# Direct and Inverse Proportionality (Variation)

There are two kinds of proportionality (some call these problems “variation” problems, but I’m sticking with proportionality) problems that you might see on the SAT: direct and inverse. I’m going to cover both here since I’m in the business of preparing you for any eventuality, but you should know that the the former is much (more…)

# Run-on Sentences and Fragments (featuring The YUNiversity!!!)

A quick note before we begin: I’m positively elated to have teamed up with Tumblr all-star The YUNiversity for this post! Everybody knows that eye-popping visuals are a great boon to students trying to learn otherwise dry material, and nobody does them better. If you like the illustrations he provided for this post, you simply must make (more…)

# Weekend Challenge – Best Band You’ve Never Heard Of Edition

I’ve spruced it up a tad, but an extremely similar question was #17 (not even #20!) on an SAT in 2006. The prize this week (pardon my proselytizing): Someday you will be as good at something as Mike Miller is at songwriting. Put your answers in the comments; I’ll post the solution here Monday. Good luck! UPDATE: (more…)

# Weekend Challenge – June SAT edition

Good luck to all you warriors out there giving it your all one last time before the summer. May your June SAT scores be well worth all your hard work. This weekend’s challenge is a bit of a logic question. The prize if you get it: nobody in your testing room will assault your senses (more…)

# A strong vocabulary is necessary, but not sufficient, for a high CR score.

Credit: the very talented Mike R. Baker I’ve already covered the importance of a good vocabulary, and I hope that you’ve been clicking the red vocabulary links on this site as you meander through. They’re meant to teach you a few good words, and to show you that strong vocabulary doesn’t have to be shoehorned (more…)

# How to approximate lengths with your thumb nail and a pencil

As anyone who’s ever chewed on a pencil knows, it doesn’t take much force to put a dent in a regular old #2 pencil. You might have an opportunity to use this to your advantage on the SAT. Occasionally, a geometry question will appear that asks you to figure out the length of a segment (more…)

# Keep probability questions as simple as you possibly can. Please.

Disclaimers: 1) Probability problems are some of the SAT’s most difficult, but they’re also some of the most rare. There’s a pretty decent chance you won’t see a very hard question like this on your test, so prioritize your prep time; don’t worry too much about this stuff until you’ve really nailed the basics. Ironically, this (more…)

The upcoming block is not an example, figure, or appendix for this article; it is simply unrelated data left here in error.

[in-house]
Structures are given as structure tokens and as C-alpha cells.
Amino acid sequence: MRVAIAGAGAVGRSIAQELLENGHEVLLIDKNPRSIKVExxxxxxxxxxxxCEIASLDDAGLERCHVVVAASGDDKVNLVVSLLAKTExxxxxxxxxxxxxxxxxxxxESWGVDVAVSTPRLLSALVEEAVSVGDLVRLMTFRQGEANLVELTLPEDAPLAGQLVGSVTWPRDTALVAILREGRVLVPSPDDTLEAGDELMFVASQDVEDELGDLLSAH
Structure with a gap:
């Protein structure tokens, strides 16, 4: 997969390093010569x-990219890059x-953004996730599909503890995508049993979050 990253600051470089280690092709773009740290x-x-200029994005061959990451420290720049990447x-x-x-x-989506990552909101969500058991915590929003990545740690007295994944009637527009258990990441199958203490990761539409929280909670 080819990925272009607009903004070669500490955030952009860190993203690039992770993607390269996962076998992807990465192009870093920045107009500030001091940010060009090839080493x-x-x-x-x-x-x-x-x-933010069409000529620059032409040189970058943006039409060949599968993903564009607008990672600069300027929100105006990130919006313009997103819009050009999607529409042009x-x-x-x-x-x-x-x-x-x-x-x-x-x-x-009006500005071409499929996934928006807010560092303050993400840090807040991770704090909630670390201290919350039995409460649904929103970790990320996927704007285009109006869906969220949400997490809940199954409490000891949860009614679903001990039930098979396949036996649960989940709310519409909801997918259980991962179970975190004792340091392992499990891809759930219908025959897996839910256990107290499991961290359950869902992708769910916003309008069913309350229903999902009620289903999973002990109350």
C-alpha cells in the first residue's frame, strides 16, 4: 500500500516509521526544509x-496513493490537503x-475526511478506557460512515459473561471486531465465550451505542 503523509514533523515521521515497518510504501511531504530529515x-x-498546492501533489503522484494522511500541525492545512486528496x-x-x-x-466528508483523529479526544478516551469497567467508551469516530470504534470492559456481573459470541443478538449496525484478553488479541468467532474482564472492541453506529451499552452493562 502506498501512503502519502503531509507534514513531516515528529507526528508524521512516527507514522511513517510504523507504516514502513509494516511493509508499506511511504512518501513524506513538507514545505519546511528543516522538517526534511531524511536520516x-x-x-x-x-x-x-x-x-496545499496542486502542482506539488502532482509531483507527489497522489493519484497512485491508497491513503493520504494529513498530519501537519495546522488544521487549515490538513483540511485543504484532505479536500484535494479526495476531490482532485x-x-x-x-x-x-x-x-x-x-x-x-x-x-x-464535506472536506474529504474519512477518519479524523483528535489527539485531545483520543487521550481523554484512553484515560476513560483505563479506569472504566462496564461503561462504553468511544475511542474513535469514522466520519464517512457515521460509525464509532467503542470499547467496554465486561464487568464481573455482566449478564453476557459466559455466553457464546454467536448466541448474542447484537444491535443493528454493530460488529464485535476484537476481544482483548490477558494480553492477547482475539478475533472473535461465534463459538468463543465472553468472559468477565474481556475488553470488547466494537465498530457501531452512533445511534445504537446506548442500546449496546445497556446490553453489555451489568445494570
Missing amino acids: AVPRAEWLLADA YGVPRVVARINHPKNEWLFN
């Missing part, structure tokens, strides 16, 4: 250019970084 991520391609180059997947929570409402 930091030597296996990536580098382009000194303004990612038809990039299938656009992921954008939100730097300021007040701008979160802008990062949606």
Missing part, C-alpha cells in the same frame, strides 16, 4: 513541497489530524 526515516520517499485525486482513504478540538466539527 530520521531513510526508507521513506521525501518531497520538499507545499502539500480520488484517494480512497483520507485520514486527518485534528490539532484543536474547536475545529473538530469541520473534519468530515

# Practice reading for the main idea.

Jesse Lacey of Brand New. Found this here. It’s important, on the SAT reading section, to be able to nail down the main idea of a passage, even if you’re not sure what every single word means. There’s no quick remedy for this if you’re struggling; you’re just going to have to practice. A lot. (more…)

# Absolute values are rare, PWNable.

Disclaimer: this is really minor stuff as far as how often it appears on the SAT, so if you’re looking for quick tips to really raise your score, I suggest you start elsewhere. This kind of question is pretty rare. I trust you already know the very basics of absolute value: that |5| = 5, (more…)

# Keep track of your units, and you’ll be fine on ratio questions.

Source. So here’s the thing with ratios and proportions on the SAT: they’re really easy. No, seriously, where are you going? Come back! They’re easy, I swear. All you have to do is keep very close track of your units, and you’ll be good to go. That means when you set up a proportion, actually (more…)

# Backsolve, or figure out a much more difficult way to solve these backsolve problems.

It’s important to be ever-cognizant of the fact that on a multiple choice test, one of the 5 answers has to be right. Because of this, it’s sometimes possible to answer a question correctly by starting at the end, and ending at the start. Most in the prep world call this “backsolving,” and it’s even more (more…)

# Figure drawn to scale? Guesstimate that ish.

Here’s an important thing to remember: all figures on the SAT are drawn to scale unless indicated otherwise. In other words, if it doesn’t say “Note: figure not drawn to scale,” underneath it, it is drawn to scale. Most figures on the SAT are drawn to scale, which means it’s a good idea to guesstimate whenever (more…)